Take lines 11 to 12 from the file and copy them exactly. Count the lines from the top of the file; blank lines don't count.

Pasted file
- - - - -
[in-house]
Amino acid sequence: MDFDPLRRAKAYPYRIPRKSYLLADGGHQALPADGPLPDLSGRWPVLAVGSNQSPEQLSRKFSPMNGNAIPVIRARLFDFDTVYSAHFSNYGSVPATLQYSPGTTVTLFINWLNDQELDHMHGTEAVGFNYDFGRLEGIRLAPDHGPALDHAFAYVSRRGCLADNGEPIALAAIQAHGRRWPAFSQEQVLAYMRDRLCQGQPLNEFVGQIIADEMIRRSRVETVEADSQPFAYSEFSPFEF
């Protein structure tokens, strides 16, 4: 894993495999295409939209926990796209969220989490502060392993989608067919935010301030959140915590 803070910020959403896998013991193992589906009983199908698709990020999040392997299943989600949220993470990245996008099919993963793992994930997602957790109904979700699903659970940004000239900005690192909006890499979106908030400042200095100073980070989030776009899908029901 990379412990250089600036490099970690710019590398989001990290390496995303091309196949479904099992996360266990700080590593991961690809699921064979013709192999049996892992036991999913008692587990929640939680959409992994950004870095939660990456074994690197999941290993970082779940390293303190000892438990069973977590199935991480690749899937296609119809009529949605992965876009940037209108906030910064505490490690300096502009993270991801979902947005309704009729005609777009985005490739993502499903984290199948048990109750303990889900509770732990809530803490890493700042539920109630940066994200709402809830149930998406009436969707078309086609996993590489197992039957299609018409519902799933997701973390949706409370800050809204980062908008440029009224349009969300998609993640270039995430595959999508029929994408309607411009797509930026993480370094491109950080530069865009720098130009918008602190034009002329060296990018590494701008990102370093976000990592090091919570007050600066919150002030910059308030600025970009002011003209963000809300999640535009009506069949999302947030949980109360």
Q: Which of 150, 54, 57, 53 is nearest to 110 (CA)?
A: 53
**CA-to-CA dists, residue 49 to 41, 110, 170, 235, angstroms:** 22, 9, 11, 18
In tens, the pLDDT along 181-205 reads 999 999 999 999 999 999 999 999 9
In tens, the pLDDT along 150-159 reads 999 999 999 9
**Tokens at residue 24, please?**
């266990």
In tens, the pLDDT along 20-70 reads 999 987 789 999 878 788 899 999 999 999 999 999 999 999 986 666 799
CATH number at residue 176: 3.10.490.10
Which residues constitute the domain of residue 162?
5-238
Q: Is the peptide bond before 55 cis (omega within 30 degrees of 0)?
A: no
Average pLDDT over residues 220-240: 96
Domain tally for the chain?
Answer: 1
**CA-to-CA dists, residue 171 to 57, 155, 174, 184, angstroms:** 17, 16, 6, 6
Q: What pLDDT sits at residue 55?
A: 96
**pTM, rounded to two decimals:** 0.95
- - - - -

In tens, the pLDDT along 20-70 reads 999 987 789 999 878 788 899 999 999 999 999 999 999 999 986 666 799
CATH number at residue 176: 3.10.490.10